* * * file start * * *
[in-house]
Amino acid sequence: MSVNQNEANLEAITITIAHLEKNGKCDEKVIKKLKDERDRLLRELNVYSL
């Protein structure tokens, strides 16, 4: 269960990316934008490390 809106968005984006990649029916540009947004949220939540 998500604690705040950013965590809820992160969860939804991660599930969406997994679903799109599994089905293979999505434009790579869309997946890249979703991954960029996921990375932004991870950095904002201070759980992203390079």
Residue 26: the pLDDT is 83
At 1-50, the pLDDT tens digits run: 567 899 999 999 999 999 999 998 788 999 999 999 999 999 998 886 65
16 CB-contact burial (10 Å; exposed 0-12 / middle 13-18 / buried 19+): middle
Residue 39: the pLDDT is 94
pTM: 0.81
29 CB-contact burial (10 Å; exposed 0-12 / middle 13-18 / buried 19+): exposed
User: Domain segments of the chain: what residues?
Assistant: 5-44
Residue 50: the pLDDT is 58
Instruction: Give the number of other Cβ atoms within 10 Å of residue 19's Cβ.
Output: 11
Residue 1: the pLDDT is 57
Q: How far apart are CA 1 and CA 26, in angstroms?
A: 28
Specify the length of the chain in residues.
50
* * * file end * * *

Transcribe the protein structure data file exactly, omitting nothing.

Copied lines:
[in-house]
Amino acid sequence: MSVNQNEANLEAITITIAHLEKNGKCDEKVIKKLKDERDRLLRELNVYSL
């Protein structure tokens, strides 16, 4: 269960990316934008490390 809106968005984006990649029916540009947004949220939540 998500604690705040950013965590809820992160969860939804991660599930969406997994679903799109599994089905293979999505434009790579869309997946890249979703991954960029996921990375932004991870950095904002201070759980992203390079």
Residue 26: the pLDDT is 83
At 1-50, the pLDDT tens digits run: 567 899 999 999 999 999 999 998 788 999 999 999 999 999 998 886 65
16 CB-contact burial (10 Å; exposed 0-12 / middle 13-18 / buried 19+): middle
Residue 39: the pLDDT is 94
pTM: 0.81
29 CB-contact burial (10 Å; exposed 0-12 / middle 13-18 / buried 19+): exposed
User: Domain segments of the chain: what residues?
Assistant: 5-44
Residue 50: the pLDDT is 58
Instruction: Give the number of other Cβ atoms within 10 Å of residue 19's Cβ.
Output: 11
Residue 1: the pLDDT is 57
Q: How far apart are CA 1 and CA 26, in angstroms?
A: 28
Specify the length of the chain in residues.
50